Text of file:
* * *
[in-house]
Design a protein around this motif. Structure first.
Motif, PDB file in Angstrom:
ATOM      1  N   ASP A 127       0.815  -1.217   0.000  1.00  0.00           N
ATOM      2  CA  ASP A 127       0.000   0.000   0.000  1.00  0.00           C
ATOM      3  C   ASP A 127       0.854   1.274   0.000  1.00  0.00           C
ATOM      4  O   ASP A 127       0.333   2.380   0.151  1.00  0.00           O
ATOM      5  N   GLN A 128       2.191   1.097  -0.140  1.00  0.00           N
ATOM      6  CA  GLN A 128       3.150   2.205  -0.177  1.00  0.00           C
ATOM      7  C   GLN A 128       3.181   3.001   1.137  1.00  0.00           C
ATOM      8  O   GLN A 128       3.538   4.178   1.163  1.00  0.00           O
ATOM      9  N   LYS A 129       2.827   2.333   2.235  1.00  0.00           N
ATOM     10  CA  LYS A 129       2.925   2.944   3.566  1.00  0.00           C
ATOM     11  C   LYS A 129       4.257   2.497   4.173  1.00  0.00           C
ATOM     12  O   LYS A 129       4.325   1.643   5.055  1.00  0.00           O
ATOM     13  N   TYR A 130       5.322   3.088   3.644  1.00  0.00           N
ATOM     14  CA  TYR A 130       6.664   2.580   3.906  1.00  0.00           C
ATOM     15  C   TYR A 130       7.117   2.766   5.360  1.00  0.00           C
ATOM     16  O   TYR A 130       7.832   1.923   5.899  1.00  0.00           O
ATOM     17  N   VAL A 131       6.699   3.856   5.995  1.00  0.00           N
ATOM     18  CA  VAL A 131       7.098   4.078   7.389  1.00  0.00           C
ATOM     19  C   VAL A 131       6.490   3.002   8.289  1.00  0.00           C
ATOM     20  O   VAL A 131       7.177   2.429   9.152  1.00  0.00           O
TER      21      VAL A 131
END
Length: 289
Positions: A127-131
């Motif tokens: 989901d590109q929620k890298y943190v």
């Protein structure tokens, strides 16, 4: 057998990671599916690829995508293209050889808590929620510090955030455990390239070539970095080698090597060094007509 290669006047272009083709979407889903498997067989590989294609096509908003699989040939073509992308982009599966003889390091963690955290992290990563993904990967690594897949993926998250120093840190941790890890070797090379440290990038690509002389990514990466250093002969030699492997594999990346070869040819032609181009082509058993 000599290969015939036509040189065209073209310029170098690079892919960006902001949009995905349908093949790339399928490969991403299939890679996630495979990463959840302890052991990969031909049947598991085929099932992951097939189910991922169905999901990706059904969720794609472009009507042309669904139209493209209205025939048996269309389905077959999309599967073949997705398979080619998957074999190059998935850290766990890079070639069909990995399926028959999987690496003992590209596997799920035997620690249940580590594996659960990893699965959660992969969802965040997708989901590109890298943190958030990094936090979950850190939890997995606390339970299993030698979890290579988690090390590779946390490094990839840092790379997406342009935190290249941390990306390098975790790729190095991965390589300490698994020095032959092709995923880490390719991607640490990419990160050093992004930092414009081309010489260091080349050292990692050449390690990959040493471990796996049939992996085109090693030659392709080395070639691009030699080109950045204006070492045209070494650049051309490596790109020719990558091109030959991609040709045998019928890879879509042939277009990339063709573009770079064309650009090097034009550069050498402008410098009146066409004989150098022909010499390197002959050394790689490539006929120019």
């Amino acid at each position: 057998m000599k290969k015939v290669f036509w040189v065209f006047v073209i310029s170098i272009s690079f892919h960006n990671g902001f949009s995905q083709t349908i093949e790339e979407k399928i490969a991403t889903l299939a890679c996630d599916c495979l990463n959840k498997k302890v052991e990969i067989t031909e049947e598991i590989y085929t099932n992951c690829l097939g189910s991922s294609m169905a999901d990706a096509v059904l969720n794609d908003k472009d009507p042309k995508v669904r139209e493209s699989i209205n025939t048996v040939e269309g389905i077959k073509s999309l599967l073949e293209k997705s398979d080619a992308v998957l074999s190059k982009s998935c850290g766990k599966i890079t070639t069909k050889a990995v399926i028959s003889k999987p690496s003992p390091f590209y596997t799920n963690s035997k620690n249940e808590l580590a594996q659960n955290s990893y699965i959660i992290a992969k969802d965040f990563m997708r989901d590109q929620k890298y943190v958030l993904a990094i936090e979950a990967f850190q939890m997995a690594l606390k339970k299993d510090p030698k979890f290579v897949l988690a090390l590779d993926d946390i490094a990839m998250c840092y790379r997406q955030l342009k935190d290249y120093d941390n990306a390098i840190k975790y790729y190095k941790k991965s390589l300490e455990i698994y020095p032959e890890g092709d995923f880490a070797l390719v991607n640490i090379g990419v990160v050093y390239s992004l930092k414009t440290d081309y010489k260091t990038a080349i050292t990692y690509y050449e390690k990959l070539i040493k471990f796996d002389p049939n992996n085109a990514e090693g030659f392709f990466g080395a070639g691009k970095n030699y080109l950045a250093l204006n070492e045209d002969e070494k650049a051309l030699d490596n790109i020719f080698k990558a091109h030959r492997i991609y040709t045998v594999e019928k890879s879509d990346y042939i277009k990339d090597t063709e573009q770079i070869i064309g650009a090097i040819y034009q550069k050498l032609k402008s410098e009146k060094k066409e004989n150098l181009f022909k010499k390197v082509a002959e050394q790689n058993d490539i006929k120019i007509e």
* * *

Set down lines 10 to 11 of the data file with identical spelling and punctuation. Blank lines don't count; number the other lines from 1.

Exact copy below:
ATOM      7  C   GLN A 128       3.181   3.001   1.137  1.00  0.00           C
ATOM      8  O   GLN A 128       3.538   4.178   1.163  1.00  0.00           O